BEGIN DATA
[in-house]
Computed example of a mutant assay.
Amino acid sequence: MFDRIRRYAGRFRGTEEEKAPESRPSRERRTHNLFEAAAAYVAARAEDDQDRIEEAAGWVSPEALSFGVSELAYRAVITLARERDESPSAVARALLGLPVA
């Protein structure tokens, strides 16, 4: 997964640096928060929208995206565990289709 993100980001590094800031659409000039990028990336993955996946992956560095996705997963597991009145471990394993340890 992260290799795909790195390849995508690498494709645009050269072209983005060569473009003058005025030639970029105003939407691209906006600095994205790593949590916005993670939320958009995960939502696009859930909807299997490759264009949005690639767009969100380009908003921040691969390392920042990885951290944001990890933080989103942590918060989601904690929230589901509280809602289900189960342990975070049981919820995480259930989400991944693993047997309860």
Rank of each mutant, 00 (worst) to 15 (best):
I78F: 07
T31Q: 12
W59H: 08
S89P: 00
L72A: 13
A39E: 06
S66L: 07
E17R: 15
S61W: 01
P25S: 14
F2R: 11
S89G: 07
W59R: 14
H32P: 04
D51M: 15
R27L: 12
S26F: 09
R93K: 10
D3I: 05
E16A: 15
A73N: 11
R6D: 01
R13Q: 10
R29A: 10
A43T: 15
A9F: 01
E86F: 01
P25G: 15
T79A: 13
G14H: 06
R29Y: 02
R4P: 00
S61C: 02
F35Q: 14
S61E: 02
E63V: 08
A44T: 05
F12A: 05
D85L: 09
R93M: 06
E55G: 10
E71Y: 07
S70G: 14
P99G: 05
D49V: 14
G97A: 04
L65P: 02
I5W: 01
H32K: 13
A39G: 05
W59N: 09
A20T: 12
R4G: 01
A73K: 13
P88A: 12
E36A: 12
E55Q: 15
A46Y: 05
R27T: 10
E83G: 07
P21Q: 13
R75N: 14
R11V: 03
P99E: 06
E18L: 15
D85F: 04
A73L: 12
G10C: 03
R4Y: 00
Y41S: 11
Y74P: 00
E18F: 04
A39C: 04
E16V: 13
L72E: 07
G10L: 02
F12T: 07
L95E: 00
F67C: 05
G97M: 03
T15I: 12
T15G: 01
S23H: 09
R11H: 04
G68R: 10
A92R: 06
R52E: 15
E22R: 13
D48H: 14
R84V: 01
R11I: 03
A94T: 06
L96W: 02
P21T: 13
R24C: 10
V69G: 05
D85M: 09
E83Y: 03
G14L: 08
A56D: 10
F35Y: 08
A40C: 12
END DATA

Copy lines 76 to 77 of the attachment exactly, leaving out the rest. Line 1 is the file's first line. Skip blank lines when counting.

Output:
Y74P: 00
E18F: 04